Bali administration mulling plan to include police, military personnel to enforce health protocols in traditional markets

Police officers monitoring passersby in Denpasar in May 2020. Photo: Bali Police Traffic Directorate / Instagram
Police officers monitoring passersby in Denpasar in May 2020. Photo: Bali Police Traffic Directorate / Instagram

Police and military personnel may be deployed to traditional markets across Bali to step up monitoring and ensure compliance of existing health protocols, an official said, following the increase of locally transmitted coronavirus cases that now make up nearly 60 percent of the provincial total. 

“We need a strong monitoring effort and control around traditional markets involving the military and police, so that [they can] reassert health protocols to those who aren’t complying,” Dewa Made Indra, regional secretary of the Bali administration, said yesterday. 

As of yesterday afternoon, Bali has recorded 782 COVID-19 cases including 510 recoveries and six deaths. Denpasar city has the highest number of cases at 211, followed by Buleleng, Bangli and Badung regencies at 111, 105, and 104 cases respectively. 

Locally transmitted cases now make up around 59 percent of all cases in the province, showcasing a recent spike that health officials traced back to traditional markets, in which both vendors and market visitors are reportedly still neglecting proper social distancing and mask-wearing requirements.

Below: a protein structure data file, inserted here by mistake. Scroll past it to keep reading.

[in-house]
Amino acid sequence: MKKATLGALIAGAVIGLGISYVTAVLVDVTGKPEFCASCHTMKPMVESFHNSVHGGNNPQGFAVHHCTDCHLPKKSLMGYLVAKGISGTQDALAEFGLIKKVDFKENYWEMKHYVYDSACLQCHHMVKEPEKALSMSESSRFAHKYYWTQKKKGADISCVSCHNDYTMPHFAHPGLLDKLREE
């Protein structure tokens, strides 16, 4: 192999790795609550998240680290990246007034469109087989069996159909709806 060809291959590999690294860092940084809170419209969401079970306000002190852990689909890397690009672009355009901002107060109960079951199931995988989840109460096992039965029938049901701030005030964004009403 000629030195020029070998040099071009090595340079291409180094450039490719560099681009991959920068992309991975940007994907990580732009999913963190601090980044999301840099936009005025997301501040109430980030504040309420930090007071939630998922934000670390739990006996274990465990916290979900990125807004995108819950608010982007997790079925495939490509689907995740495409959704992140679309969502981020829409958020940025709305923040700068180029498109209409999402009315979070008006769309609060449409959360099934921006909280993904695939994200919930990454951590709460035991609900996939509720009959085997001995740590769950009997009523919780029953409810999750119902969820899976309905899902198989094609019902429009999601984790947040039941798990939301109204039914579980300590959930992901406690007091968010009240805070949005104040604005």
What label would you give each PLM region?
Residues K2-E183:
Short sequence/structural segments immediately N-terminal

“When we conduct further research, these local transmissions mostly spread in traditional markets and create high-risk new clusters,” Indra continued.

Last week, a number of sellers at traditional markets in Denpasar tested positive for the coronavirus, prompting mass testing for their fellow vendors. However, city officials admitted that contact tracing is tricky, especially to track buyers.

Bali officials are also planning to step up efforts in raising awareness among the public and will instruct the local task forces to strengthen efforts in minimizing local transmissions in villages across the island. 

However, it looks like these are still plans for the time being, with Indra emphasizing on the importance of cooperation among relevant stakeholders and adding that the ideas may be made into an official policy or regulation in the near future.

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